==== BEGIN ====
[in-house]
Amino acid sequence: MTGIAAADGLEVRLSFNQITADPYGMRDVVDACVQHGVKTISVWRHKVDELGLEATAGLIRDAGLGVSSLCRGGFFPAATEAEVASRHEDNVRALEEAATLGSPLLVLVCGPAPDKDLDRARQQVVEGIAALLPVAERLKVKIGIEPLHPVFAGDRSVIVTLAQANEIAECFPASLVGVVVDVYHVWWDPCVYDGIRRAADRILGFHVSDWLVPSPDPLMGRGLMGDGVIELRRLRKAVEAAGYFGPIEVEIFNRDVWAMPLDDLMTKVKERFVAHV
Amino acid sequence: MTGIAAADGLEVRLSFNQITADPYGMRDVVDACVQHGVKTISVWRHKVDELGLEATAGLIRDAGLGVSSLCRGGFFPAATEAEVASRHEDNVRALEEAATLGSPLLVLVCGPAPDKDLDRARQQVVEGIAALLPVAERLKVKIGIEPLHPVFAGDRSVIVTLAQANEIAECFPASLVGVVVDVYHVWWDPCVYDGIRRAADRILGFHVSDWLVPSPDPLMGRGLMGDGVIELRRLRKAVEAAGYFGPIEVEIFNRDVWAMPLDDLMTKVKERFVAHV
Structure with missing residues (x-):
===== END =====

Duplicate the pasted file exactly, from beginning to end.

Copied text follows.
[in-house]
Amino acid sequence: MTGIAAADGLEVRLSFNQITADPYGMRDVVDACVQHGVKTISVWRHKVDELGLEATAGLIRDAGLGVSSLCRGGFFPAATEAEVASRHEDNVRALEEAATLGSPLLVLVCGPAPDKDLDRARQQVVEGIAALLPVAERLKVKIGIEPLHPVFAGDRSVIVTLAQANEIAECFPASLVGVVVDVYHVWWDPCVYDGIRRAADRILGFHVSDWLVPSPDPLMGRGLMGDGVIELRRLRKAVEAAGYFGPIEVEIFNRDVWAMPLDDLMTKVKERFVAHV
Amino acid sequence: MTGIAAADGLEVRLSFNQITADPYGMRDVVDACVQHGVKTISVWRHKVDELGLEATAGLIRDAGLGVSSLCRGGFFPAATEAEVASRHEDNVRALEEAATLGSPLLVLVCGPAPDKDLDRARQQVVEGIAALLPVAERLKVKIGIEPLHPVFAGDRSVIVTLAQANEIAECFPASLVGVVVDVYHVWWDPCVYDGIRRAADRILGFHVSDWLVPSPDPLMGRGLMGDGVIELRRLRKAVEAAGYFGPIEVEIFNRDVWAMPLDDLMTKVKERFVAHV
Structure with missing residues (x-):